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Part of a yearlong series on Torah’s wisdom about building and builders in Jewish spiritual life.

This week’s Torah portion (Vayikra) is rich with sacrificial details. Animal body parts, kidneys and fat, and the altar on which they are burned — this is the stuff Leviticus is known for. This material can be tough for us as moderns. We may find the sacrificial system alienating and weird. But yesterday’s ways hold an important lesson for us as tomorrow’s builders: we must build in ways that balance, and uplift, the love inherent both in justice and in repair.

“You shall season your every offering of meal with salt; you shall not omit from your meal offering the salt of your covenant with God; with all your offerings you must offer salt” (Lev. 2:13). It’s a principle of classical Torah interpretation that nothing in Torah is extraneous. We can find (or make) meaning in every word, especially words or phrases that Torah repeats.  So what’s up with the fixation on salt?

One response is that salt is a fixative – literally. In ancient days, salt was a primary way to make food last. So maybe Torah describes our covenant with God as a covenant of salt because salt represents what lasts. Our covenant is meant to last forever.

Another interpretation: tradition regards salt as a combination of fire and water. (Levi Yitzchak of Berditchev, d.1809, attributes this teaching to Ramban, d. 1270.) In a literal sense, salt is what happens when you apply fire to sea water — simmer away the water, and what’s left is the salt. But metaphorically, salt represents fire and water in balance.

A covenant of salt is a covenant of balance between fire and water. And fire and water, in turn, are understood by our mystics to represent justice and lovingkindness. (In the language of kabbalah, these are called gevurah and chesed.) Justice and lovingkindness are the two primordial qualities that our tradition imagines God balancing. Justice and lovingkindness are the tools with which God continually builds the world.

Like fire, justice is a flame that heats and illuminates, but without proper insulation fire can do harm. Like water, love wants to flow where it’s needed, but without proper channels flow can become a flood. Fire and water need to be tempered, balanced, channeled. That’s the first building lesson I find here. In God’s image, we must ensure that as we build we balance judgment and love, fixity and flexibility, container and flow.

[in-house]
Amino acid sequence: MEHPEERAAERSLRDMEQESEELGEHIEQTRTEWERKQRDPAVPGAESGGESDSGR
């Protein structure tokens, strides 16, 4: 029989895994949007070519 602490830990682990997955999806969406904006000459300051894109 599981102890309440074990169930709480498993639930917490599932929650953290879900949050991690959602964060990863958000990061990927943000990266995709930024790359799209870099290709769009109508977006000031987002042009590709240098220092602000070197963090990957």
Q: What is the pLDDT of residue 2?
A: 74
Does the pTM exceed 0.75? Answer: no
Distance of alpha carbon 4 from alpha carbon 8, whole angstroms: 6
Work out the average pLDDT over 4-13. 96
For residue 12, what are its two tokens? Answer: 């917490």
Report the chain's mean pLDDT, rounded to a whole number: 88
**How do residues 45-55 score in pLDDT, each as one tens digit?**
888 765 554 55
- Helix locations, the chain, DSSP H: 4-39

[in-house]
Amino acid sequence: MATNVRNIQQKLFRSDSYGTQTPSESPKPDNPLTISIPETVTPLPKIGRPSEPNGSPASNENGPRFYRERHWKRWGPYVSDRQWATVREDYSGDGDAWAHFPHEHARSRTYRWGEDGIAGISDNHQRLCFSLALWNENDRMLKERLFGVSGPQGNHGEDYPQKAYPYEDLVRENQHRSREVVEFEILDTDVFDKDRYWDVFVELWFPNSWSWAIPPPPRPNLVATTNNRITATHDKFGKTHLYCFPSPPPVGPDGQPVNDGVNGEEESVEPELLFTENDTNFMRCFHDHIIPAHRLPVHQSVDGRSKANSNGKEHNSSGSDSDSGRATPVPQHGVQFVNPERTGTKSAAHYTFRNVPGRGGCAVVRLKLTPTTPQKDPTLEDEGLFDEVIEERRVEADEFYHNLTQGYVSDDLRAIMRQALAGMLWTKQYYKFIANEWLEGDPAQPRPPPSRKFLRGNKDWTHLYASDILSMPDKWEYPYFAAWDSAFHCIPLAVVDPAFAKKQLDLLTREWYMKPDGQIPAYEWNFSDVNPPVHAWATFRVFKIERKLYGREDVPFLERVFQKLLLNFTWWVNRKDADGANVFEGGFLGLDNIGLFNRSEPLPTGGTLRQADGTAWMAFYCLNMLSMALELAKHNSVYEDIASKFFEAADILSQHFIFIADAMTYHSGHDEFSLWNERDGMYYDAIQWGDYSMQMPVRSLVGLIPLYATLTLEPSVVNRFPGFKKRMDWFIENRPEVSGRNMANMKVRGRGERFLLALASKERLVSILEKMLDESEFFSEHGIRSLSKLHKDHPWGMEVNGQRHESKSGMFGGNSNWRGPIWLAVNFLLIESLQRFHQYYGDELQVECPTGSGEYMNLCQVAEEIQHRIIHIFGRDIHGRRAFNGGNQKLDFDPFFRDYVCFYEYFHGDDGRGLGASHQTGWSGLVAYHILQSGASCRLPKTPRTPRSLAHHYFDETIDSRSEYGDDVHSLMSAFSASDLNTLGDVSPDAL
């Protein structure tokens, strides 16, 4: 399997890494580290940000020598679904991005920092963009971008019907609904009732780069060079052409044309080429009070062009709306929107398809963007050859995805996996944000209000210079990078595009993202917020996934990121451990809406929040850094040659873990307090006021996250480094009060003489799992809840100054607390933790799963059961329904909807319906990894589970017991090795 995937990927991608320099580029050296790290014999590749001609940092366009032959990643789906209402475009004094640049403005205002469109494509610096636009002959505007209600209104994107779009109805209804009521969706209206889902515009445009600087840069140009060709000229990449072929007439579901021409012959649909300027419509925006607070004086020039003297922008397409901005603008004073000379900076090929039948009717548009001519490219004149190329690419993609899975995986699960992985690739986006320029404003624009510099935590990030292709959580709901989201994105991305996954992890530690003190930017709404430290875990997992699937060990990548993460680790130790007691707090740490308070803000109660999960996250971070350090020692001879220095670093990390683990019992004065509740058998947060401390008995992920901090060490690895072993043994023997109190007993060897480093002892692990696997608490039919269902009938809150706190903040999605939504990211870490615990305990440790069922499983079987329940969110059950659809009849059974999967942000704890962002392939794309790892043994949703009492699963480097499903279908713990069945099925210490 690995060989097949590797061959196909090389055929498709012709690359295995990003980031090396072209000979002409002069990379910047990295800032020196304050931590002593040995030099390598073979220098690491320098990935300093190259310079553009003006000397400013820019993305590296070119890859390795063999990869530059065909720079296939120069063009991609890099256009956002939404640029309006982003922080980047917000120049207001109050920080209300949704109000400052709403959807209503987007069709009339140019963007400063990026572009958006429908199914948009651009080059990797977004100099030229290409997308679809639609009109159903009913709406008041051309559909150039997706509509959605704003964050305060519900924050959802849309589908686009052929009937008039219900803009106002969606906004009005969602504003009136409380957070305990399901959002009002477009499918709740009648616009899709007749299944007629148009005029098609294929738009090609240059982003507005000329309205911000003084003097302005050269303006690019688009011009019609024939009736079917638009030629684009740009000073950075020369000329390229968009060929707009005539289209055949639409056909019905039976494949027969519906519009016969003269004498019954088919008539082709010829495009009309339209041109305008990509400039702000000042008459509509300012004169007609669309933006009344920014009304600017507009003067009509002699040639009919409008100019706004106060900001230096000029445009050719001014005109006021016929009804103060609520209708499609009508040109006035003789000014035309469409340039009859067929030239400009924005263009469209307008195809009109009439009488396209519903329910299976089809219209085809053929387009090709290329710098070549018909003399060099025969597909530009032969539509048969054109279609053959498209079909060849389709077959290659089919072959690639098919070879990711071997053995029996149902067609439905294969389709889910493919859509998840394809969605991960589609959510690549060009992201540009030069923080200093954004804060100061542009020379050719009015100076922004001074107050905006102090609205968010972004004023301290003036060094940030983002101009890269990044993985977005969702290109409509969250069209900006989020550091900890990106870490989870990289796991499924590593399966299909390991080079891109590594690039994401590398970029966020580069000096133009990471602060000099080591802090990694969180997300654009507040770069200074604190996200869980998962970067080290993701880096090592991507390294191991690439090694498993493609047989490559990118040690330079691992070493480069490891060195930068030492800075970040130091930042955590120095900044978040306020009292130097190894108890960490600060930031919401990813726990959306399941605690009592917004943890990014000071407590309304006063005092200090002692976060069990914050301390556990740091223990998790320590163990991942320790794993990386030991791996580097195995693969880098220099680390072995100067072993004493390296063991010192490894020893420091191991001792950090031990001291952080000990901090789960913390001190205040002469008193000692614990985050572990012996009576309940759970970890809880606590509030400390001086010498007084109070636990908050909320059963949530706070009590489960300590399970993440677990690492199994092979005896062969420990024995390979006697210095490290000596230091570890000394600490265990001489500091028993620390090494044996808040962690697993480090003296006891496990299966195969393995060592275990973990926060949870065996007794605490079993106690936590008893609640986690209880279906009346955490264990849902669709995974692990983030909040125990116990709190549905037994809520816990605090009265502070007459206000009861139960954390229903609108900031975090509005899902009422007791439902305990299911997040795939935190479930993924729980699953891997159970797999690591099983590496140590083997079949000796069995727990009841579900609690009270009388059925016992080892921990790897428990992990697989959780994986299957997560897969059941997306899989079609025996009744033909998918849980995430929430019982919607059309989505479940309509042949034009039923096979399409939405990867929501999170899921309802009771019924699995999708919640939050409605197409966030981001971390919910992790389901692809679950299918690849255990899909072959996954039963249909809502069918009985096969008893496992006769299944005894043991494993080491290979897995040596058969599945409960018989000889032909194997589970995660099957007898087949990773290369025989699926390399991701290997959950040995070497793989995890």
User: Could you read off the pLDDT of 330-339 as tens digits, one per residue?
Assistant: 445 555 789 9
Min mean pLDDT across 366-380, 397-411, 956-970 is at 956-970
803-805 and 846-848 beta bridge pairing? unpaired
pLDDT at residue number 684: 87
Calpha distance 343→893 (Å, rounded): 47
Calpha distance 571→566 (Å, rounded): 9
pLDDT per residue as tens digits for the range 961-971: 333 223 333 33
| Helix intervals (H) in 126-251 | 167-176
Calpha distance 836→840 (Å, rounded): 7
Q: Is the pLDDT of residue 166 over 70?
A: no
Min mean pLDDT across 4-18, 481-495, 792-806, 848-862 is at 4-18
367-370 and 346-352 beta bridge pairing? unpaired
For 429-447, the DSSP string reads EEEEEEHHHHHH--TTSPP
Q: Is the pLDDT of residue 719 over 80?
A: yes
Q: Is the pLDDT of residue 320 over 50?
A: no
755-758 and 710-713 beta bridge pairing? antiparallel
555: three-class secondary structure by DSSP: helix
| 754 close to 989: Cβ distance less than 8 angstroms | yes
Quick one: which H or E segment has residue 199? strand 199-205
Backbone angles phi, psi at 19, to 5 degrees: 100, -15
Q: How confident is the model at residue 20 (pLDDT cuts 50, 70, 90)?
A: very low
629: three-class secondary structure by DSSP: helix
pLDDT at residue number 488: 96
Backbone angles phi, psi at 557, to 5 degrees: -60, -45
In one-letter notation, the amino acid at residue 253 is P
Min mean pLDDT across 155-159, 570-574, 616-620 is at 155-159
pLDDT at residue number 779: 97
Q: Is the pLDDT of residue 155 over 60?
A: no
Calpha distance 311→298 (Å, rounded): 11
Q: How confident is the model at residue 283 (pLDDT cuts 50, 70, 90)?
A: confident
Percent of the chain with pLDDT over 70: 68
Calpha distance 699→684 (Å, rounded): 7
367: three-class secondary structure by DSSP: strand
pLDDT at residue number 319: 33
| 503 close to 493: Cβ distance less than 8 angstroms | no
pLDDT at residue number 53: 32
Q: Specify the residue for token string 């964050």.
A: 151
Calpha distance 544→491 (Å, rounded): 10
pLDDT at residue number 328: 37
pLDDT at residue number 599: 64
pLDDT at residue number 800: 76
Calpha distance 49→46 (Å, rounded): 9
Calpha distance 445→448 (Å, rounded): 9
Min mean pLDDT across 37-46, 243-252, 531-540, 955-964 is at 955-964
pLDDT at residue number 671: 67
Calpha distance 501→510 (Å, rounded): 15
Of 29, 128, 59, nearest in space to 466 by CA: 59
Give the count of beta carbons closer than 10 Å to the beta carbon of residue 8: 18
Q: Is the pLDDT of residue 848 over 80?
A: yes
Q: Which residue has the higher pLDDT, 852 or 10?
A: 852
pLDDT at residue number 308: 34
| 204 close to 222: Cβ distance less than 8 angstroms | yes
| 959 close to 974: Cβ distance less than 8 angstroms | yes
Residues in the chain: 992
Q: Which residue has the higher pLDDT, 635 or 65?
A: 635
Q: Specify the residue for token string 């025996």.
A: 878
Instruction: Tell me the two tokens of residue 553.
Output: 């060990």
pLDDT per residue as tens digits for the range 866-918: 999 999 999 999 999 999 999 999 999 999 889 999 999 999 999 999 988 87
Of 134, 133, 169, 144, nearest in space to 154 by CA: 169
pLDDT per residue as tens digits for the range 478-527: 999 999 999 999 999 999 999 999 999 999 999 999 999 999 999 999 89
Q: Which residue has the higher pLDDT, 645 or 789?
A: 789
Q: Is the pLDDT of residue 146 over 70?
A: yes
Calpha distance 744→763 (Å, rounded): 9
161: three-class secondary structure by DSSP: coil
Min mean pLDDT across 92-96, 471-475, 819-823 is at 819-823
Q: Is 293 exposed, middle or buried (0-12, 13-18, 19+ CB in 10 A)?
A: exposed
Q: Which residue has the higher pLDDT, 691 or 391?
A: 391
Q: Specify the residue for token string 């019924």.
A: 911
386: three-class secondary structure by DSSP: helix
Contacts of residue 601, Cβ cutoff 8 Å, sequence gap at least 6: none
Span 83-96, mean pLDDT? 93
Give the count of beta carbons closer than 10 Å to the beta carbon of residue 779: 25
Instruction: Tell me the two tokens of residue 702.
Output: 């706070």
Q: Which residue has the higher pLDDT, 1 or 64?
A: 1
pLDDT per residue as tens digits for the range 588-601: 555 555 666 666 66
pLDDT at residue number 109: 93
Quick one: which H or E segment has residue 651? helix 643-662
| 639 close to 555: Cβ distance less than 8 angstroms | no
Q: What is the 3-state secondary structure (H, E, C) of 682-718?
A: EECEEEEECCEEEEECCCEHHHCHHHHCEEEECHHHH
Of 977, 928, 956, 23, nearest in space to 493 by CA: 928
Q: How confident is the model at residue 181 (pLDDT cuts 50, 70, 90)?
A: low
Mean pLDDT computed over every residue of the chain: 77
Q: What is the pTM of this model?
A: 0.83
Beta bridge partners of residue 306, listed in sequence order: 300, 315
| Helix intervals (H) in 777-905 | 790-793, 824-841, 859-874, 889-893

This is the first building lesson in the first Torah portion of the book of Leviticus, which is where traditionally observant children begin learning Torah. It’s traditional to start not with the Genesis story of creating heaven and earth, not with the Exodus story of liberation, but with this.

Why does traditional Jewish pedagogy begin here? Maybe to signal from the very start the need to balance justice and repair, strong container and free flow. This balance is the energetic foundation of the spirit-infused society that Jewish tradition asks each generation to build.

This arises in the context of teachings about structuring a just society.  Both before and after the verse about salt, Torah details animal offerings. First come offerings of wellbeing (“Thank You” to God), then offerings for ritual transgression, then offerings for interpersonal ethics missteps.

In this system, a wrongdoer must make restitution. (Torah speaks of monetary damages — for instance, restitution for fraud was value of the fraud, plus an additional fifth.) Only then would a wrongdoer bring an offering to be sacrificed. This offering would atone for the transgressor – wiping the spiritual slate clean (Lev. 5:24-25) – but only after restitution was made.  

Notice how this process balances fire and water, justice and repair. First comes judgment (the process of discernment, paying restitution to make the injured party “whole”) – the zeal for right action that kindles our hearts like flame. Then comes the chance to make teshuvah and atone. That’s the work of repair and healing, the flow of divinity into and through our hearts like water.

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Fire and water in balance. Judgment and repair in balance. They’re like left hand and right hand working together, one wielding a hammer and one holding a nail. They are two parts of a whole.

Critically, there is love in both. Both fire and water can convey love. Both justice and repair can reflect love. Olam chesed yibaneh (“I will build this world from love”), sings Rabbi Menachem Creditor from Psalm 89 – but healthy love takes many forms depending on the circumstance.

Building the world and the Jewish future with love means embodying both love in chesed and love in gevurah. It means building with Vayikra’s balance of justice and repair.

That balance is this week’s building lesson. Whether we see ourselves as walking in ancestral footsteps or in the Holy One’s “footsteps,” we’re called to build with balance. Each of us may lean more toward the “fire” of judgment or the “water” of repair, but Torah asks us to bring both qualities to bear always, and to manifest the love inherent in each.

To build an ethical Jewish future that’s worth our labor and our hope, we need this week’s Torah toolbox and its loving balance between justice and repair. It’s as basic to life as salt.

 

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By Rabbi Rachel Barenblat. Sketchnote by Steve Silbert.

 

Creating a Spiritual Home

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Part of a yearlong Torah series about building and builders in Jewish spiritual life.

“A house is just a box where you keep your stuff.” A contractor tossed this comment over his shoulder as he left my new home, clearly thinking that he was dropping a pearl of wisdom.